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Publishing Academic Research

This guide provides information about strategic publishing, publishing agreements, Open Access and ERA specifications.

Choosing a Journal Publisher

The quality of a publisher is an important consideration when choosing where to publish your research. 

Academic publishing is undergoing enormous change, requiring even experienced and established authors to review new publishers, journals and publishing models when choosing where to publish.There is no one single indicator of quality. It is essential that you use multiple indicators in deciding on the quality of a journal and where to submit a manuscript.

The Journal Selection Matrix, a template, based on the ! Think ✓ Check > Submit checklist, has been designed to assist you with comparing the quality and suitability of journals selected for your next manuscript submission. Use the suggested criteria to develop your own scoring scheme based on your discipline and other relevant criteria.

Avoid Predatory Journals and Publishers

It is important that as researchers, you are aware of the increasing number of publishers that you should avoid - publishers known as "predatory publishers".

Some predatory  publishers have taken the development of the open access author-pays academic publishing model, as an opportunity to make money. These predatory or deceptive publishers are known to:

  • make dubious claims about the quality or credentials of a journal, e.g. citing a pseudo ‘journal impact factor’ purchased from companies such as the Global Institute for Scientific Information (GISI) which could easily be mistaken for a Journal Impact Factor (JIF) published by in the Journal Citation Reports database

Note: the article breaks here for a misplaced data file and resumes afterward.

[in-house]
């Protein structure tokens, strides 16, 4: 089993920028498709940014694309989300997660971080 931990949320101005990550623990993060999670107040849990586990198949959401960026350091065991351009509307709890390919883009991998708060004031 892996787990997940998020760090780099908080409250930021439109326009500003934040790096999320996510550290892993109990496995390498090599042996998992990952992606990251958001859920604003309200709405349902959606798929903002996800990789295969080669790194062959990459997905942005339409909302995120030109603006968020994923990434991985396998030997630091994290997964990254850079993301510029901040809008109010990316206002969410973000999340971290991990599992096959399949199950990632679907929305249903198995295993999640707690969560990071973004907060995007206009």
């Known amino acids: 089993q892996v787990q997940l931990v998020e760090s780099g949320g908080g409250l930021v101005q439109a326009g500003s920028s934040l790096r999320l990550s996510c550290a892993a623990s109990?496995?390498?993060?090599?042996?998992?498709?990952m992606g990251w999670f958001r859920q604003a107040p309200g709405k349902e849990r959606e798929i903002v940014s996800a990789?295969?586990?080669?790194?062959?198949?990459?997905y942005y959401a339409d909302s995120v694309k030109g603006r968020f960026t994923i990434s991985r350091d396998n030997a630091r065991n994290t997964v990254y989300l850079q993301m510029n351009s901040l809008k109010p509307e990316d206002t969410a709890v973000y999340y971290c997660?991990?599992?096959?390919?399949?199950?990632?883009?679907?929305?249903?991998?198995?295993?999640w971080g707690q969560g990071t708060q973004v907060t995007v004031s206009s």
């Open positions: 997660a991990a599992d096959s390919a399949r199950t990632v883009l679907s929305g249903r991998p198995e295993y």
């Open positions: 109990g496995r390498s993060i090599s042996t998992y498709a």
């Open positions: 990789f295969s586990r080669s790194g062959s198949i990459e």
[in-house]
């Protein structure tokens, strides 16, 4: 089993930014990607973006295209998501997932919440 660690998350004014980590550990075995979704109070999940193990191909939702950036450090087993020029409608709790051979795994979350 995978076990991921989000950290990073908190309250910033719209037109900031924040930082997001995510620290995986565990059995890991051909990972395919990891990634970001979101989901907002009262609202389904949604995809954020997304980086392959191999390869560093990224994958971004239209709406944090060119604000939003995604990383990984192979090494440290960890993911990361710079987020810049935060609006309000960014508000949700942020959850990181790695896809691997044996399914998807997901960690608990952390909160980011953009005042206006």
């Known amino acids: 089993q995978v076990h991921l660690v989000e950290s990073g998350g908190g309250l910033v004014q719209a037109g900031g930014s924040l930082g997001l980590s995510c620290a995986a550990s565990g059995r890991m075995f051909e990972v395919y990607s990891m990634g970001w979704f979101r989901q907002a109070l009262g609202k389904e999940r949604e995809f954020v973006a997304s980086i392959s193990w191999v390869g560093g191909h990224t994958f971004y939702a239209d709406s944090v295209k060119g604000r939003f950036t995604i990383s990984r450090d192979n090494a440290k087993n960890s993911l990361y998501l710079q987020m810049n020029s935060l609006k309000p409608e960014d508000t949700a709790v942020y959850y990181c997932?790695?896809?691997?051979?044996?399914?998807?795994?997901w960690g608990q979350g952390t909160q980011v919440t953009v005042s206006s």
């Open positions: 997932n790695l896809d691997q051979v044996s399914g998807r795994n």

• provide limited editorial support
  • fail to meet established standards with respect to peer review
  • charge a publication fee after the article has been for publication
  • falsely claim that the publication is listed or indexed by reputable services, e.g. DOAJ, Scopus, Web of Science
  • adopt a journal name that is easily mistaken for that of another established title
  • publish a journal that includes material from multiple disciplines not normally associated together, e.g. International Journal on Recent Trends in Life Science and Mathematics
  • solicit papers from potential authors directly via email. 

Although Although Beall's List of Predatory Journals and Publishers was discontinued in 2017,  it is being updated anonymously by the following sources with one retaining the original name:

Use the !Think ✓ Check > Submit Checklist

The questions below provide a framework to help determine the quality of journals.

Information on this page is adapted from http://thinkchecksubmit.org/check/.

Do you or your colleagues know the journal?

  • Have you read any articles in the journal before?
  • Is it easy to discover the latest papers in the journal?
  • Does the journal have a distinctive name - be sure that the publisher is not trying to take advantage of a reputable journal with a similar name?
  • Do past issues of the journal contain quality articles? Would you be happy to have your article associated with them
  • Have you received direct marketing emails from the publisher with offers that are incongruent with your career stage, discipline, publication history, etc? Note that reputable journals don't need to spam authors to attract submissions. They tend to target the readership rather than authors.

Can you easily identify and contact the publisher?

  • Is the publisher name clearly displayed on the journal website?
  • Can you contact the publisher by telephone, email, and post?

Is the journal clear about the type of peer review it uses?

  • Does the journal have an independent and genuine peer review process?
  • Is the journal listed on Publons?

Are articles indexed in services that you use?

Do you recognise the editorial board?

  • Have you heard of the editorial board members?
  • Do the editorial board mention the journal on their own websites?
Is the publisher a member of a recognized industry initiative?
  • Another respected trade association

If the journal is open access:

  • Is it clear what fees will be charged? Does the journal site explain what these fees are for, and when they will be charged?
  • Is the journal listed in:
  • Is the publisher a member of:

 

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